The Minister for Education and Skills Joe McHugh TD today (Thursday 31 October) announced a special new report has been published providing a snapshot of our education system.
The Education Indicators for Ireland report for the first time gives a comprehensive overview of the scale of school and third level education and training.
The report arose out of a review of the indicators published in the Action Plan for Education 2016-2019. It was further developed in the context of the 2019 – 2021 Statement of Strategy – Cumasú: Empowering Through Learning and Action Plan for Education 2019.
The report offers a look back at 2018 and it examines a wide range of areas across the education and training system including access to higher education, graduate numbers and further education and training enrolments.
It is the first time that this data has been presented together in one single report.
The report highlights the rise in the number of pupils with special needs in primary and post-primary schools over the last number of years and the increase in the number of Special Needs Assistants.
It shows the number of children in special classes in mainstream primary schools rose from 3,816 in 2014 to 6,229 in 2018. Another 1,000 places were added for September 2019.
The report notes the number of special education teachers is at more than 13,400. Again this is being built on with further investment in Budgets 2019 and 2020 providing hundreds of additional teachers in this area.
Up to 15,950 Special Needs Assistants will be working in schools this year, a 51% increase since 2011. Budget 2020 saw another increase in the number of SNAs with an additional 1,064 hired to work with children with special educational needs in schools, with the total number of SNAs to be almost 17,000 by next year.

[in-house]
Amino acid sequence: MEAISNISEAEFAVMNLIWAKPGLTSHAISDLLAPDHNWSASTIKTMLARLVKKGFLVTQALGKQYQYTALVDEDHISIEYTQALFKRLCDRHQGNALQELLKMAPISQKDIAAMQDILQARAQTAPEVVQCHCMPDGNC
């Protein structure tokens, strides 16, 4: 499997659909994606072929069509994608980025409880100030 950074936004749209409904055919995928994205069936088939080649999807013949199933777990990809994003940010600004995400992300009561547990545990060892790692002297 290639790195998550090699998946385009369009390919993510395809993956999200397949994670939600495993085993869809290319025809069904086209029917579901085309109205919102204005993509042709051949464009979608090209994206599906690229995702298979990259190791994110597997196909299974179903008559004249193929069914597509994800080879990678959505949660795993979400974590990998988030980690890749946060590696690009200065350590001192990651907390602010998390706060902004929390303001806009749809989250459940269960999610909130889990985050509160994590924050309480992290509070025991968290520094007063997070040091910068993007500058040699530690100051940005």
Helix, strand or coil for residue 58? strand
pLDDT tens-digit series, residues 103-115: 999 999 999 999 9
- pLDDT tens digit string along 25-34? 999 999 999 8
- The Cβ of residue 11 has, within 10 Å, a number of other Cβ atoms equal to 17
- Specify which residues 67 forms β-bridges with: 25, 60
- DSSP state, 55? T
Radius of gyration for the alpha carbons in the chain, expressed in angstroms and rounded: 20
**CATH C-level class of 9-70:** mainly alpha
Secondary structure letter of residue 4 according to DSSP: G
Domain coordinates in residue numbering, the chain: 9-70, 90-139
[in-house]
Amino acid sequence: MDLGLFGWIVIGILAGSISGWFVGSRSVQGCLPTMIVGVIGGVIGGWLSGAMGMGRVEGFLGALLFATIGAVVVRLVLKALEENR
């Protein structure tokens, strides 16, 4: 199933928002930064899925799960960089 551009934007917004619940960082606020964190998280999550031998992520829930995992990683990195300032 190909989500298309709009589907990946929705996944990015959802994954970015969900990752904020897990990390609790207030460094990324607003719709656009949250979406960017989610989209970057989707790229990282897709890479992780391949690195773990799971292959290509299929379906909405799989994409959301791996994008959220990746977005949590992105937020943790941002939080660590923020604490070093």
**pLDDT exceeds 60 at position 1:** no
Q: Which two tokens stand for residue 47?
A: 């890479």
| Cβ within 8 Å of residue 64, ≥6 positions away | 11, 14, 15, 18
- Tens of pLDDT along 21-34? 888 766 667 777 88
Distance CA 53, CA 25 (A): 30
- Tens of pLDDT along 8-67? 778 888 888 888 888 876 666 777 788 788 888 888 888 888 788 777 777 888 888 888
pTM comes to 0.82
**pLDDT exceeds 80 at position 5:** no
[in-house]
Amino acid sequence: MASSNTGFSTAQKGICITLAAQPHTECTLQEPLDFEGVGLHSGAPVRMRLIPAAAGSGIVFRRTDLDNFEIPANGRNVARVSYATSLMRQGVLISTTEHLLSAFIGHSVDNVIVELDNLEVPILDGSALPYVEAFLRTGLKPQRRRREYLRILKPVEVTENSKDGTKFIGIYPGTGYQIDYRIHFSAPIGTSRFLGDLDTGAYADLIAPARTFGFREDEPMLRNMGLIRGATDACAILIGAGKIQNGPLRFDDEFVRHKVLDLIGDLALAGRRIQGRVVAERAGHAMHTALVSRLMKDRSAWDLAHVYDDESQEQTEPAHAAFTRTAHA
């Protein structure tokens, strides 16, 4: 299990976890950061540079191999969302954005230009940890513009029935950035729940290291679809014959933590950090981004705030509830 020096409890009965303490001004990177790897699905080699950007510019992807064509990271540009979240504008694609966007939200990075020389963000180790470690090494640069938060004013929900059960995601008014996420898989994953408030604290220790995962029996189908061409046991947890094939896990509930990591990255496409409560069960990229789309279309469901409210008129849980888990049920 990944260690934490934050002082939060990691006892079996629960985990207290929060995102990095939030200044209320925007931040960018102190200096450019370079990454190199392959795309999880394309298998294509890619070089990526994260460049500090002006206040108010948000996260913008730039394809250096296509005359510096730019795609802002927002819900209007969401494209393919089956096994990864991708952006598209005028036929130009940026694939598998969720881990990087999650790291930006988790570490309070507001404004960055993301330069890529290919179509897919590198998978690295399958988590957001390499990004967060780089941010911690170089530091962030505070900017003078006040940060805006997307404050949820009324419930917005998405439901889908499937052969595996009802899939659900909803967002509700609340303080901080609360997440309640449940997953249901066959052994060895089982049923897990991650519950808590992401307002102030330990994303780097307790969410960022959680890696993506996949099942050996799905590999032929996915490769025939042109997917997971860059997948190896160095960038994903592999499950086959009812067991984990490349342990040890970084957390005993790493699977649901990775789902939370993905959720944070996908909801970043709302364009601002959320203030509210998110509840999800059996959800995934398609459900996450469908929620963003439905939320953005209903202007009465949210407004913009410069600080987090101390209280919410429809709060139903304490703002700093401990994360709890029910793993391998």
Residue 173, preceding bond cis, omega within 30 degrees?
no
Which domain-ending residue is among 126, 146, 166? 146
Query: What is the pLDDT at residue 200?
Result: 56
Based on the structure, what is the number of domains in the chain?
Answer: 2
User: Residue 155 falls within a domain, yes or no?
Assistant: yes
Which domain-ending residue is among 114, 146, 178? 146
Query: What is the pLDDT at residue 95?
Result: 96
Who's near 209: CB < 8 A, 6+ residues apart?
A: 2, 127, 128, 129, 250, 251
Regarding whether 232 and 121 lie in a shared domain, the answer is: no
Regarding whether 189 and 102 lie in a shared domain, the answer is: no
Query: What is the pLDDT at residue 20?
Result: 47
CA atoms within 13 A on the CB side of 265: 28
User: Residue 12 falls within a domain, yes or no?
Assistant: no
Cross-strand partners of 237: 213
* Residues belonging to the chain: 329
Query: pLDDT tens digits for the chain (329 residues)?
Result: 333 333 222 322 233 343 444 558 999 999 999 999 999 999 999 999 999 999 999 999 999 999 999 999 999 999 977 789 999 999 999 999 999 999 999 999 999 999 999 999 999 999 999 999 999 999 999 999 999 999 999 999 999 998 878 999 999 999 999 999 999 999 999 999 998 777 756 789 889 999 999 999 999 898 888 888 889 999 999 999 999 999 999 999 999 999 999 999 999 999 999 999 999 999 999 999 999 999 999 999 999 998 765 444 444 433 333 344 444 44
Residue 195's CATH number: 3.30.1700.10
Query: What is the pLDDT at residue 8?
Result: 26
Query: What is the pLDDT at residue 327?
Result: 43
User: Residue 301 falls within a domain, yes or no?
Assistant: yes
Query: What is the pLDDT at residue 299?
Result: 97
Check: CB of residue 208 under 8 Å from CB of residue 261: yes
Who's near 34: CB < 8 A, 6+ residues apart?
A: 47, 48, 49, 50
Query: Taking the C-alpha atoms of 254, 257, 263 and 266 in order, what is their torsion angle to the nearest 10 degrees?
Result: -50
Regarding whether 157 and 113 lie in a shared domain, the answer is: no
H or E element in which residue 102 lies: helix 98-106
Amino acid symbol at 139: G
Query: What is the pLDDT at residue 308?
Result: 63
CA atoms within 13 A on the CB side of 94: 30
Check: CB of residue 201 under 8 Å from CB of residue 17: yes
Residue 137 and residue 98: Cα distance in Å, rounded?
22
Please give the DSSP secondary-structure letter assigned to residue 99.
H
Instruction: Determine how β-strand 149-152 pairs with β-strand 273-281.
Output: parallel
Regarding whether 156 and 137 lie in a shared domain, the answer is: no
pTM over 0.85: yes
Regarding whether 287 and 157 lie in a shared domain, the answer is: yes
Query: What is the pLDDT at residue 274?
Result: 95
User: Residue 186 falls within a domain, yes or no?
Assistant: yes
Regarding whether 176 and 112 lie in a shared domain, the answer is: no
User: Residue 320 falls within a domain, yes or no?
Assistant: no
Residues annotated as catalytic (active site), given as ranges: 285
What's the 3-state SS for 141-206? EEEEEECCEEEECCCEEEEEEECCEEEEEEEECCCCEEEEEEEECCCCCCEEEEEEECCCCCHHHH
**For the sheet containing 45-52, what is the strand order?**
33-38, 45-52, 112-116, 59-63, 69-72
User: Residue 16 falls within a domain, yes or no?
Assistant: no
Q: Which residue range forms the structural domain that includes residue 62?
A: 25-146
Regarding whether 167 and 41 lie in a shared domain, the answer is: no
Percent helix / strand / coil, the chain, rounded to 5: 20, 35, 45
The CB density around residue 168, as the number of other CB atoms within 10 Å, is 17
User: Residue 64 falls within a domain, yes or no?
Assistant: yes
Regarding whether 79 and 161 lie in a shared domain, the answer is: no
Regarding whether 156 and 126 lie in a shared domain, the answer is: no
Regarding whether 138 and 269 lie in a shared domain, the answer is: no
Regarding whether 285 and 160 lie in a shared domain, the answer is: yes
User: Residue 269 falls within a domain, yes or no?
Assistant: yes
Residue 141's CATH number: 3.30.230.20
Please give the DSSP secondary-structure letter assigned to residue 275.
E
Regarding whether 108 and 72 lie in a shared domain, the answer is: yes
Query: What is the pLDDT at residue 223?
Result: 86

Minister McHugh said:
It is important to constantly review the impact that our policy initiatives are making at each level of the education system and I think these indicators go some way to achieving that.
Creating a report like this gives us a snapshot of the education system at one point in time. But it also shows us how far we have come in recent years, what commitments we are making and what our ambitions are.
This report fulfils a key aspect of the Action Plan for Education 2019. It shows what targets we have met and is a great insight into the work of our agencies. I would like to thank the team in the Department that has put this together.
Some key findings from the report:
- Figures are now available for total graduates across all levels of the National Framework of Qualifications (NFQ) 244,809 people secured qualifications in 2017.
- 67,122 of these received an award at Honours Degree level (NFQ Level 8) or higher.
- Retention to Leaving Certificate continues to improve while transition to higher education is also steadily rising. The number of entry routes to higher education remains high but is reducing.
- The percentage of pupils taking the Leaving Certificate established programme is rising and stood at 69.0% in 2018, up from 65.5% in 2014, while the percent taking the Leaving Certificate vocational programme is down from 29.5% in 2014 to 26.1% in 2018. Almost 3 in 4 (72.3%) pupils now take Transition Year.